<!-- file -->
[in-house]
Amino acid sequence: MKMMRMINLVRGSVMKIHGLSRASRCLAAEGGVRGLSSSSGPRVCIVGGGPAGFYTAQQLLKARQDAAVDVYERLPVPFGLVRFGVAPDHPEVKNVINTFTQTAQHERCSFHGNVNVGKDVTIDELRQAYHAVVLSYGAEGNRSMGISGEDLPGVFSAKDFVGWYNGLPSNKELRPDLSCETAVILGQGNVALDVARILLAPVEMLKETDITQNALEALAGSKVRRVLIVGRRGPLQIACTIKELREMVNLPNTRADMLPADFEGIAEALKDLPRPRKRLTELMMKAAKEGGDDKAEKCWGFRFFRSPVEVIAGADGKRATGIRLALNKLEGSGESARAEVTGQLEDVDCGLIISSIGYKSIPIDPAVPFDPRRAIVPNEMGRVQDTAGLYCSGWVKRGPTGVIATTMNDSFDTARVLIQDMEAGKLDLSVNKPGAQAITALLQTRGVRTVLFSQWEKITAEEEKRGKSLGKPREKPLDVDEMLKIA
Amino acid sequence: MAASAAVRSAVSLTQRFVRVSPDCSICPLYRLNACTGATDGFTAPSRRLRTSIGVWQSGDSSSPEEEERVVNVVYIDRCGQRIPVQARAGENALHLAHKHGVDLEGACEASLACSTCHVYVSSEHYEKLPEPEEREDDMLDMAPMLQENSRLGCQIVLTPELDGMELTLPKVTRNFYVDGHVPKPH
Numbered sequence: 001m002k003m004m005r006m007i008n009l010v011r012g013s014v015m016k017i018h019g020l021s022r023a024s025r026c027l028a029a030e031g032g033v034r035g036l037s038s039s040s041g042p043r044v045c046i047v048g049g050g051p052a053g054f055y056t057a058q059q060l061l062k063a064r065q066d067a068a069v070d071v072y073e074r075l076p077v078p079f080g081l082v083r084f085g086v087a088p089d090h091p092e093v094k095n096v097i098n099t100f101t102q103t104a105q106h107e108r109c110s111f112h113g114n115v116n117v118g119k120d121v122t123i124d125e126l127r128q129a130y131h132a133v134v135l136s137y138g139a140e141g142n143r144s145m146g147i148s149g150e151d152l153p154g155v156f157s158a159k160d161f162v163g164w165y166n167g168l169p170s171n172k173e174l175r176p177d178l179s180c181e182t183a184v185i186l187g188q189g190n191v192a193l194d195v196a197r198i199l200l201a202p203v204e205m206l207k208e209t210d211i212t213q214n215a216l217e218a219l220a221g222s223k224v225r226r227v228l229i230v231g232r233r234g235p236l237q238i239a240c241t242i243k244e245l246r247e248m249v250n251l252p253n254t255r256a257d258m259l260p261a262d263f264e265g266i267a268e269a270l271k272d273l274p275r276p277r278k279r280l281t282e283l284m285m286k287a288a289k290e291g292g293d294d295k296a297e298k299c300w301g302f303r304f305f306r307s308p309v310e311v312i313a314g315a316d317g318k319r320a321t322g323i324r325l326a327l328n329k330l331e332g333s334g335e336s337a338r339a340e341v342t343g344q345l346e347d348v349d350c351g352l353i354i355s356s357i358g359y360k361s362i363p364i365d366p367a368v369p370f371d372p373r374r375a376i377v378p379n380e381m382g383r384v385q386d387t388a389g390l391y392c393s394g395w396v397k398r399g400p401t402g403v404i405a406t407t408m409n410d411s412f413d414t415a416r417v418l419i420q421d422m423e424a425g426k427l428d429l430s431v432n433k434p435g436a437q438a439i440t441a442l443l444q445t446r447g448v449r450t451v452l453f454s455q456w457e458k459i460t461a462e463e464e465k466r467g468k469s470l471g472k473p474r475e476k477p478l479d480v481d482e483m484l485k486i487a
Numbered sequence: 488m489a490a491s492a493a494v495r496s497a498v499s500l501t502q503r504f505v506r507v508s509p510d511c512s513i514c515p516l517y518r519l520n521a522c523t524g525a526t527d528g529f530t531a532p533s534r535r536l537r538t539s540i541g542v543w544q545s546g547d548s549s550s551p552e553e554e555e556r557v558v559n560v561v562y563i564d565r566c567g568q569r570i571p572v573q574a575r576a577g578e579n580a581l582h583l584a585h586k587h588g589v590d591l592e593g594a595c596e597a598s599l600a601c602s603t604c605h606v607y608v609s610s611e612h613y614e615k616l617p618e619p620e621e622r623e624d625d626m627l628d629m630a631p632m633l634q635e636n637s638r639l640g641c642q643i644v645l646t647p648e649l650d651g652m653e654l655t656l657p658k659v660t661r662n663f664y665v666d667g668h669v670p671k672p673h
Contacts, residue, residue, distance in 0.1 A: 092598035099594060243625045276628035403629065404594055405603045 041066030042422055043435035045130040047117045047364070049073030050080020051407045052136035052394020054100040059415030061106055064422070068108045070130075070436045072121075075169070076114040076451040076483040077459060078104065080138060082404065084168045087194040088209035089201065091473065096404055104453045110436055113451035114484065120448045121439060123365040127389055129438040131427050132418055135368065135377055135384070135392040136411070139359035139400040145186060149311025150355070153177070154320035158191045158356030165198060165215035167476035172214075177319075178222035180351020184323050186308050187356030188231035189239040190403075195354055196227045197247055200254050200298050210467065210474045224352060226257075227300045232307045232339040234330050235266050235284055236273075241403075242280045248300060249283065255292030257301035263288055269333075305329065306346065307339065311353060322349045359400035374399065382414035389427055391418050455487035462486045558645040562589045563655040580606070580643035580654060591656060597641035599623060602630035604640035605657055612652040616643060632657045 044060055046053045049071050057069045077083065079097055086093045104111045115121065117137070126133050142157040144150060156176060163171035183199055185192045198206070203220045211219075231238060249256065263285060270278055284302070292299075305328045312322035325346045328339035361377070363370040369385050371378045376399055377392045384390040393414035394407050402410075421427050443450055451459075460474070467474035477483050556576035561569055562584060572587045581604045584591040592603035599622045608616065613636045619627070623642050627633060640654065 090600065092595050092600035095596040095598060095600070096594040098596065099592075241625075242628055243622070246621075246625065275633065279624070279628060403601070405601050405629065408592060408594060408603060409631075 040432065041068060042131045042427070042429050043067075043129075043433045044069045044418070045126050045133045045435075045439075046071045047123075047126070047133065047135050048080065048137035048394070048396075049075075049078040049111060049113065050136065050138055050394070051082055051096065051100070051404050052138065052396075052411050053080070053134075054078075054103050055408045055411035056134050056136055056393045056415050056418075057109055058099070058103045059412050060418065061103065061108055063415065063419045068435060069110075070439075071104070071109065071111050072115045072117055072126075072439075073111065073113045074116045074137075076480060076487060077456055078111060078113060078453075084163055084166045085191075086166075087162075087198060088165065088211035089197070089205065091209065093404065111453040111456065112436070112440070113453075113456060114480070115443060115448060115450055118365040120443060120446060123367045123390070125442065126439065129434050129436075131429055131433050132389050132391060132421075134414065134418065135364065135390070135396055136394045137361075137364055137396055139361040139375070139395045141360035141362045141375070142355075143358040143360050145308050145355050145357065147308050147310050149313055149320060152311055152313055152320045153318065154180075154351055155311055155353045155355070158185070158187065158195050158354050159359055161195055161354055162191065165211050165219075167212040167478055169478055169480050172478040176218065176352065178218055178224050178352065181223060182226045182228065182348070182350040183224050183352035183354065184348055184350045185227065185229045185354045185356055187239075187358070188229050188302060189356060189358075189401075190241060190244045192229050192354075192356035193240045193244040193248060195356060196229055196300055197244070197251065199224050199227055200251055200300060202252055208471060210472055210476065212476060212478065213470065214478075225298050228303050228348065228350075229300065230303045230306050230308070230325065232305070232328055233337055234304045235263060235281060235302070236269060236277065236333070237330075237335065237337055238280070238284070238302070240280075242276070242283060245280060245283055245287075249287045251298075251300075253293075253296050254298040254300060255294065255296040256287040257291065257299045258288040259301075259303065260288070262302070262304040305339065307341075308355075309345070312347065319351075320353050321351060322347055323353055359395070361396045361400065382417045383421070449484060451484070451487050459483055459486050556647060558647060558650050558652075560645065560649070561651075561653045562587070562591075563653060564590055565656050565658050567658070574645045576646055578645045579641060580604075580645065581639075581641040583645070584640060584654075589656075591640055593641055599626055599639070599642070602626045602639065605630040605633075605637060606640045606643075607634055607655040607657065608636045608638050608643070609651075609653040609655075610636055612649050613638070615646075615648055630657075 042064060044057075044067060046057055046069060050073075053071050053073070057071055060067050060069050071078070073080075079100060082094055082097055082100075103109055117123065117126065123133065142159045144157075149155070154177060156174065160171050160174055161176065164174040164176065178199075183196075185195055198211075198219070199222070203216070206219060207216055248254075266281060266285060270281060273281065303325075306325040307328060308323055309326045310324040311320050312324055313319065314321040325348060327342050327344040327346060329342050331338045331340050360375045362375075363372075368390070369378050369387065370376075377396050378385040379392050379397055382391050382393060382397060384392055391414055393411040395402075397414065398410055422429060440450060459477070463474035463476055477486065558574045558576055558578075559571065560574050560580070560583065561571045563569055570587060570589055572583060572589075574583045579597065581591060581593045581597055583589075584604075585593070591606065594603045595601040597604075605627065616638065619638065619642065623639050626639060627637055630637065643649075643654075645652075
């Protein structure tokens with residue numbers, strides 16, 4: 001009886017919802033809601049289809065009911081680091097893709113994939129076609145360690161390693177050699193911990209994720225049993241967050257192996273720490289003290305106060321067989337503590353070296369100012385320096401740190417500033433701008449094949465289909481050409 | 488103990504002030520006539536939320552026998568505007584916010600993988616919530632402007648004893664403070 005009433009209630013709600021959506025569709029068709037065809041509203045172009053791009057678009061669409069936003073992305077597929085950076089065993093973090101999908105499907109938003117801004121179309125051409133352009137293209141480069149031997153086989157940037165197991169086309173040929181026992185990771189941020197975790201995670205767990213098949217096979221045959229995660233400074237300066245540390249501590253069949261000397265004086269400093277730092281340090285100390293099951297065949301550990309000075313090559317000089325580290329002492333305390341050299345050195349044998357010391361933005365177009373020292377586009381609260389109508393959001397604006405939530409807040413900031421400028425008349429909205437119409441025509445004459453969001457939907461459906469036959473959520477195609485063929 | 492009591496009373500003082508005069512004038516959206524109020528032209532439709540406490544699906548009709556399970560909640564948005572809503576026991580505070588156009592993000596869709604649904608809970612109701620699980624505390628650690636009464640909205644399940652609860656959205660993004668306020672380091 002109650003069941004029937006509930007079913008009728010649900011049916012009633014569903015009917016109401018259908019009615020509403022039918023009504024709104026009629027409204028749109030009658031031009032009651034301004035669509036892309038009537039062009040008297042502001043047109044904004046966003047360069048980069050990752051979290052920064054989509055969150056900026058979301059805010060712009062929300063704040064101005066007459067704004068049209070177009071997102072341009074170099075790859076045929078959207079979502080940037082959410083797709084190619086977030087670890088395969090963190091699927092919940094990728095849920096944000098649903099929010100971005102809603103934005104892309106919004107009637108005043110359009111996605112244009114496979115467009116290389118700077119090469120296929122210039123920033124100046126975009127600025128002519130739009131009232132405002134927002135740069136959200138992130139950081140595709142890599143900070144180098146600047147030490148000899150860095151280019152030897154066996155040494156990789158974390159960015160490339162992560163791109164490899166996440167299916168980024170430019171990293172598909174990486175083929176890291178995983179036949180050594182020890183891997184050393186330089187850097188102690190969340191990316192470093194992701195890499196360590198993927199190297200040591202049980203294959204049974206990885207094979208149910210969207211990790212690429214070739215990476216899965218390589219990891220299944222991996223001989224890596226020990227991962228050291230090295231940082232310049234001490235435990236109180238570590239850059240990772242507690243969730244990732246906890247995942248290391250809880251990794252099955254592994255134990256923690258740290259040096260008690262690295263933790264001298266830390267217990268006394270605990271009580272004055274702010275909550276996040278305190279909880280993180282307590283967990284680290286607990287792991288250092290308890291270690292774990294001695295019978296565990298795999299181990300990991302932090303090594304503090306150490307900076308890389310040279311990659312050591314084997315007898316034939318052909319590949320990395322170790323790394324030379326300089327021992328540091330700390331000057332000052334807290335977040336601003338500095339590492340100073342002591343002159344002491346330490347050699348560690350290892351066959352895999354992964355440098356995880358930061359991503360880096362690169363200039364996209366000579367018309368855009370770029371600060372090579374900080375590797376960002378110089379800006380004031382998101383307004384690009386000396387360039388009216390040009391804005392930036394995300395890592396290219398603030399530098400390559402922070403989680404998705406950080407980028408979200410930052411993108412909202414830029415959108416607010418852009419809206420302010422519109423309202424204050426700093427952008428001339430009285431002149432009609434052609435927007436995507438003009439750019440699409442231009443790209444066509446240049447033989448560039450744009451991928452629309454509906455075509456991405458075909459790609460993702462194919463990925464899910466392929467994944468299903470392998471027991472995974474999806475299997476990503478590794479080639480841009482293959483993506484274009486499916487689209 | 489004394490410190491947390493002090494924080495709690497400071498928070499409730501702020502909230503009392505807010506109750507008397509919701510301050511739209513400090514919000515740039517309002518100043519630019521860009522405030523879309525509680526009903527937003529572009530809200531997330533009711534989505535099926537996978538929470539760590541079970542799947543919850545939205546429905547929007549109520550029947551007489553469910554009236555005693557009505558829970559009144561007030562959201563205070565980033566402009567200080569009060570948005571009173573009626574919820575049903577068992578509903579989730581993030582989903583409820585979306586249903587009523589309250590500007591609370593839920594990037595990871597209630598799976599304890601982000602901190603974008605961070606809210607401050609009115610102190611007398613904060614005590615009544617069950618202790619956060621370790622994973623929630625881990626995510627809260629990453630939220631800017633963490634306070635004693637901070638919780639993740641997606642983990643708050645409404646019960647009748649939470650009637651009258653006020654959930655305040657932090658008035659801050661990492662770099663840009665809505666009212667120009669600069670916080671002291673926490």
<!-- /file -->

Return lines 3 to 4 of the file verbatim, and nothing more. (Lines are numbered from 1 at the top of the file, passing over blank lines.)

Amino acid sequence: MAASAAVRSAVSLTQRFVRVSPDCSICPLYRLNACTGATDGFTAPSRRLRTSIGVWQSGDSSSPEEEERVVNVVYIDRCGQRIPVQARAGENALHLAHKHGVDLEGACEASLACSTCHVYVSSEHYEKLPEPEEREDDMLDMAPMLQENSRLGCQIVLTPELDGMELTLPKVTRNFYVDGHVPKPH
Numbered sequence: 001m002k003m004m005r006m007i008n009l010v011r012g013s014v015m016k017i018h019g020l021s022r023a024s025r026c027l028a029a030e031g032g033v034r035g036l037s038s039s040s041g042p043r044v045c046i047v048g049g050g051p052a053g054f055y056t057a058q059q060l061l062k063a064r065q066d067a068a069v070d071v072y073e074r075l076p077v078p079f080g081l082v083r084f085g086v087a088p089d090h091p092e093v094k095n096v097i098n099t100f101t102q103t104a105q106h107e108r109c110s111f112h113g114n115v116n117v118g119k120d121v122t123i124d125e126l127r128q129a130y131h132a133v134v135l136s137y138g139a140e141g142n143r144s145m146g147i148s149g150e151d152l153p154g155v156f157s158a159k160d161f162v163g164w165y166n167g168l169p170s171n172k173e174l175r176p177d178l179s180c181e182t183a184v185i186l187g188q189g190n191v192a193l194d195v196a197r198i199l200l201a202p203v204e205m206l207k208e209t210d211i212t213q214n215a216l217e218a219l220a221g222s223k224v225r226r227v228l229i230v231g232r233r234g235p236l237q238i239a240c241t242i243k244e245l246r247e248m249v250n251l252p253n254t255r256a257d258m259l260p261a262d263f264e265g266i267a268e269a270l271k272d273l274p275r276p277r278k279r280l281t282e283l284m285m286k287a288a289k290e291g292g293d294d295k296a297e298k299c300w301g302f303r304f305f306r307s308p309v310e311v312i313a314g315a316d317g318k319r320a321t322g323i324r325l326a327l328n329k330l331e332g333s334g335e336s337a338r339a340e341v342t343g344q345l346e347d348v349d350c351g352l353i354i355s356s357i358g359y360k361s362i363p364i365d366p367a368v369p370f371d372p373r374r375a376i377v378p379n380e381m382g383r384v385q386d387t388a389g390l391y392c393s394g395w396v397k398r399g400p401t402g403v404i405a406t407t408m409n410d411s412f413d414t415a416r417v418l419i420q421d422m423e424a425g426k427l428d429l430s431v432n433k434p435g436a437q438a439i440t441a442l443l444q445t446r447g448v449r450t451v452l453f454s455q456w457e458k459i460t461a462e463e464e465k466r467g468k469s470l471g472k473p474r475e476k477p478l479d480v481d482e483m484l485k486i487a